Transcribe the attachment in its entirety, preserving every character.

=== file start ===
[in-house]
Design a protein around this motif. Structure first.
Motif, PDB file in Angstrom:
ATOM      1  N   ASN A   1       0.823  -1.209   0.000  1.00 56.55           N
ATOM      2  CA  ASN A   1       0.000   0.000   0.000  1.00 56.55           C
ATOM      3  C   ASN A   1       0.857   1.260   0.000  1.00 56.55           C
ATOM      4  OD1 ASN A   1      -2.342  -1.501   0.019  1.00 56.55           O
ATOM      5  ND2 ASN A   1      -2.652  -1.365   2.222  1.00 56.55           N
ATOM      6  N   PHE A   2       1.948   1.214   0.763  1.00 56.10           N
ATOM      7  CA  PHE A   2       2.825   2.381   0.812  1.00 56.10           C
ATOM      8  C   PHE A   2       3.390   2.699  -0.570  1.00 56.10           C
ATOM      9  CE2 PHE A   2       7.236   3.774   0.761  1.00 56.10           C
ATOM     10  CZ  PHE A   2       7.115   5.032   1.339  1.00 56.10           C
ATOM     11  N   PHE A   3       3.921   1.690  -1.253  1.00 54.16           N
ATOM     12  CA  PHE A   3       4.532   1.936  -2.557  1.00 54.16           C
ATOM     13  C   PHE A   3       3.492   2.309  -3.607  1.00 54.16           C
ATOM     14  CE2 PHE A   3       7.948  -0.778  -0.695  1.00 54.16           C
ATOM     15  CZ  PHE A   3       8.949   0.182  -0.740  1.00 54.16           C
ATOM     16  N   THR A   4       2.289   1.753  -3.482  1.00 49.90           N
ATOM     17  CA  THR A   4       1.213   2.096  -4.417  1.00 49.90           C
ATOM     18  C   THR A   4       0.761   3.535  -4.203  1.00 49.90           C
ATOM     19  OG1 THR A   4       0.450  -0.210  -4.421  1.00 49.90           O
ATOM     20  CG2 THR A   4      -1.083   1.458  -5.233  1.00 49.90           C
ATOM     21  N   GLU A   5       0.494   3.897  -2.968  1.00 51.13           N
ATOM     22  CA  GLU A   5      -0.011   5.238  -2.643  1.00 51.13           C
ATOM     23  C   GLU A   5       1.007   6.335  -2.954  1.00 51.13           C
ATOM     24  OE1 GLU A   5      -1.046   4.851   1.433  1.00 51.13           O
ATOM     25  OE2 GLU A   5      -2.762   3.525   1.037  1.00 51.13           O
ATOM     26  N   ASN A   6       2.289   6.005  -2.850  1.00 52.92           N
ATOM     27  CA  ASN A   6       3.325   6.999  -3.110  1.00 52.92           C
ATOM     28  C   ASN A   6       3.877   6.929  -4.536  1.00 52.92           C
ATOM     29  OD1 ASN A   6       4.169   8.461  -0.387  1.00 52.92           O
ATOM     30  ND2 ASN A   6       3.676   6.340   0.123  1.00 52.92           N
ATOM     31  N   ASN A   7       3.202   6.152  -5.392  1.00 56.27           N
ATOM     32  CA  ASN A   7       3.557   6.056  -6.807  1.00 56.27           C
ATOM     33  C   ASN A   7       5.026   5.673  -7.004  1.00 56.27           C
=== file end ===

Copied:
[in-house]
Design a protein around this motif. Structure first.
Motif, PDB file in Angstrom:
ATOM      1  N   ASN A   1       0.823  -1.209   0.000  1.00 56.55           N
ATOM      2  CA  ASN A   1       0.000   0.000   0.000  1.00 56.55           C
ATOM      3  C   ASN A   1       0.857   1.260   0.000  1.00 56.55           C
ATOM      4  OD1 ASN A   1      -2.342  -1.501   0.019  1.00 56.55           O
ATOM      5  ND2 ASN A   1      -2.652  -1.365   2.222  1.00 56.55           N
ATOM      6  N   PHE A   2       1.948   1.214   0.763  1.00 56.10           N
ATOM      7  CA  PHE A   2       2.825   2.381   0.812  1.00 56.10           C
ATOM      8  C   PHE A   2       3.390   2.699  -0.570  1.00 56.10           C
ATOM      9  CE2 PHE A   2       7.236   3.774   0.761  1.00 56.10           C
ATOM     10  CZ  PHE A   2       7.115   5.032   1.339  1.00 56.10           C
ATOM     11  N   PHE A   3       3.921   1.690  -1.253  1.00 54.16           N
ATOM     12  CA  PHE A   3       4.532   1.936  -2.557  1.00 54.16           C
ATOM     13  C   PHE A   3       3.492   2.309  -3.607  1.00 54.16           C
ATOM     14  CE2 PHE A   3       7.948  -0.778  -0.695  1.00 54.16           C
ATOM     15  CZ  PHE A   3       8.949   0.182  -0.740  1.00 54.16           C
ATOM     16  N   THR A   4       2.289   1.753  -3.482  1.00 49.90           N
ATOM     17  CA  THR A   4       1.213   2.096  -4.417  1.00 49.90           C
ATOM     18  C   THR A   4       0.761   3.535  -4.203  1.00 49.90           C
ATOM     19  OG1 THR A   4       0.450  -0.210  -4.421  1.00 49.90           O
ATOM     20  CG2 THR A   4      -1.083   1.458  -5.233  1.00 49.90           C
ATOM     21  N   GLU A   5       0.494   3.897  -2.968  1.00 51.13           N
ATOM     22  CA  GLU A   5      -0.011   5.238  -2.643  1.00 51.13           C
ATOM     23  C   GLU A   5       1.007   6.335  -2.954  1.00 51.13           C
ATOM     24  OE1 GLU A   5      -1.046   4.851   1.433  1.00 51.13           O
ATOM     25  OE2 GLU A   5      -2.762   3.525   1.037  1.00 51.13           O
ATOM     26  N   ASN A   6       2.289   6.005  -2.850  1.00 52.92           N
ATOM     27  CA  ASN A   6       3.325   6.999  -3.110  1.00 52.92           C
ATOM     28  C   ASN A   6       3.877   6.929  -4.536  1.00 52.92           C
ATOM     29  OD1 ASN A   6       4.169   8.461  -0.387  1.00 52.92           O
ATOM     30  ND2 ASN A   6       3.676   6.340   0.123  1.00 52.92           N
ATOM     31  N   ASN A   7       3.202   6.152  -5.392  1.00 56.27           N
ATOM     32  CA  ASN A   7       3.557   6.056  -6.807  1.00 56.27           C
ATOM     33  C   ASN A   7       5.026   5.673  -7.004  1.00 56.27           C